To make things worse, now my daughter has this look of distaste (sometimes) when she looks at my hair. She has said to me before, that she liked my hair previously when it was down my back. I told her that my hair would grow back and maybe even longer than she remember. She saids to me "yeah, but will it be long, STRAIGHT, and PRETTY? ~~my heartaches.~~
She's only 8. Who told her, or where did she get it from that STRAIGHT hair is the ONLY hair that's pretty?
So now I'm showing her pictures of coily textured hair. I'm letting her see and touch my hair. I'm explaining to her that the new growth that she sees close to her scalp is her natural hair and if she let it grow, she'll see just how beautiful it really is.
I understand what you are saying as well. I have to be the example for her. Show her that black hair is beautiful even when it's not straight.
Please do post to your blog. I would love to read the responses.

msfullroller said...

Keep rockin your locs and lovin yourself. That will become apparent to her as she grows older and she may began to see the fallacy of the "straight hair is beautiful mantra".

I don't have kids but I do have a stepdaughter though she does not live with us. Her mother permed her hair at an early age...she's 14 now. She and her Dad have seen me go from a TWA to where I am now in just under 2.5 years, meanwhile her hair is still above the ear. He's been trying to get her to go natural and stop using extensions for about 5 months. She wants to stop using the perm but won't let go of the extensions yet. Now I said nothing to him or her about going natural/locing prior to...just leading by example hopefully.

12-13 I think is a good age to let them make that decision as to what to do with their hair but not without ALL the information and they take some responsibility in the maintenance of their hair. Below that age is too young IMHO for anything other than loose natural.

Anonymous said...

Hi there, I found your blog via a link from Bajan Lily's blog. I totally agree with her advice....I would just wait until the child was a little older to make the decision herself after hearing the pros and cons of each situation....alot of it comes from peer pressure however, with locks becoming so prevalent in the caribbean I believe there will come a time where, from young these little girls will want to have this done and there will be no stigma attached.....what the grandmother did in Eva's article was totally wrong and very disrespectful.

Kicukalah said...

I'm reading and appreciating the responses. I guess it's something I have to deal with or overcome with in myself rather. Again, I didn't want to lock my daughter's hair. I wanted her to remain natural until she came of age 16 or even 14 for her to tell me she wants her hair relaxed, but she wasn't given that option and neither was I. Now that I'm expressing to her father that I want for her to grow out the relaxer he now saids shouldn't we wait until she's older.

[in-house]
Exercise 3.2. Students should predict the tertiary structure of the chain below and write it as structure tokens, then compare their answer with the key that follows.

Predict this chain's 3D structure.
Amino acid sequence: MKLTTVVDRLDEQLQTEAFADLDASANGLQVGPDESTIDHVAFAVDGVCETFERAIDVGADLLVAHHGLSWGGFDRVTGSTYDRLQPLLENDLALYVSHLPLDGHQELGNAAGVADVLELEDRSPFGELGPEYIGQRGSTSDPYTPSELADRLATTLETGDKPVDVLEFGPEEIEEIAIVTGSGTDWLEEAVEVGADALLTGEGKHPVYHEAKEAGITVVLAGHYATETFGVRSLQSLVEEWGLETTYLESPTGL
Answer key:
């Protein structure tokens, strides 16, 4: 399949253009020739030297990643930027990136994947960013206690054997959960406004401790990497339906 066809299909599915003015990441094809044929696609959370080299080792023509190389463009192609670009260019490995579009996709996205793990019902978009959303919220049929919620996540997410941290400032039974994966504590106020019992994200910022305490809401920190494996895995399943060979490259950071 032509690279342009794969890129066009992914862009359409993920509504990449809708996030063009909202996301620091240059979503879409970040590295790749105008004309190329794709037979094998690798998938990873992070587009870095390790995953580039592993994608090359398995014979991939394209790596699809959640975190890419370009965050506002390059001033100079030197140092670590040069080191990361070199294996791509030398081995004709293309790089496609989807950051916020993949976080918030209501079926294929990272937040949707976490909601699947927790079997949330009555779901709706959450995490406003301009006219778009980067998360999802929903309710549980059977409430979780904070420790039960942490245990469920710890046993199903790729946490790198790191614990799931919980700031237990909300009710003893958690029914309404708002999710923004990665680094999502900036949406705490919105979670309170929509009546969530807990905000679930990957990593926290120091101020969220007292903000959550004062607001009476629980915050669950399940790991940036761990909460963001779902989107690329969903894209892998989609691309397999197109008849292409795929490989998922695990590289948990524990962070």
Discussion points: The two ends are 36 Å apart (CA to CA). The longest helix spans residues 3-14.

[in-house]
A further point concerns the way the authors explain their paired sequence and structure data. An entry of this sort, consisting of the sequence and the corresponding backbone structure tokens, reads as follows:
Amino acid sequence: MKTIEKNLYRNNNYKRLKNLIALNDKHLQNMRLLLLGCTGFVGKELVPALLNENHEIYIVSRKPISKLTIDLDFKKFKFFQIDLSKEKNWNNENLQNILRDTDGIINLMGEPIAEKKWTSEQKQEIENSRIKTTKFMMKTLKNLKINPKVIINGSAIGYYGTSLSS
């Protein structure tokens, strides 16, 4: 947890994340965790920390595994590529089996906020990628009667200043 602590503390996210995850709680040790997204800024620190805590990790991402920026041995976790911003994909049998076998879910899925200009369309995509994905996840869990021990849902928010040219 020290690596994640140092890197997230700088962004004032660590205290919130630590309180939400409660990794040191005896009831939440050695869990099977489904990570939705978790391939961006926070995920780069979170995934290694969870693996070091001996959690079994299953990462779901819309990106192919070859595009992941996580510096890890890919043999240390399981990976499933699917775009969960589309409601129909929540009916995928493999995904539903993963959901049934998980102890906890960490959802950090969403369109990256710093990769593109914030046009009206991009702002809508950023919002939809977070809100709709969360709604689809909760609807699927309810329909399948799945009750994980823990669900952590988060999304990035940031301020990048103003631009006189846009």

To me, this was backwards and totally unfair. My daughter one day come home to me with relaxed hair.
But I'll remain strong and be the example. I'll be the change I want to see.

Bajan Lily said...

Hi Lakeisha,

I went away and thought about it again. I think that if YOU feel that strongly about it you should go ahead and grow out your daughter's perm.

You are well within your rights to 'reverse a wrong'. She may eventually choose to relax her hair when she is 16 or 17 as you say, but at least then it will be her choice - her informed choice.
I don't know that you'll be very popular with her for a while if you do decide to grow it out but I'm sense from you that the idea of those chemicals sitting on your baby's hair/scalp isn't something that makes you happy. Her father and his family will have to respect your decision (something they should have done in the first place).

Be strong and do let us know what you decide and how it goes.

Kicukalah said...

@Bajan Lily- Thanks for the encouragement. What I have decided to do is continue to talk to my daughter and teach her best I can. Yes I decided to grow out her perm, but not without the " mean face" of her father. We have agreed that I am the only one to do her hair. Hopefully he respects our decision and keep his end of the agreement.
When it's time for her to go back to her father's, I make sure my daughter's hair is shampooed and in cornrows, braids, twists, curls etc. so that he doesn't think he has to get someone to do it. Also, it's to teach my daughter that she is beautiful and so is her hair.

Bajan Lily said...

Fabulous! I'm so glad this is working out for you guys :)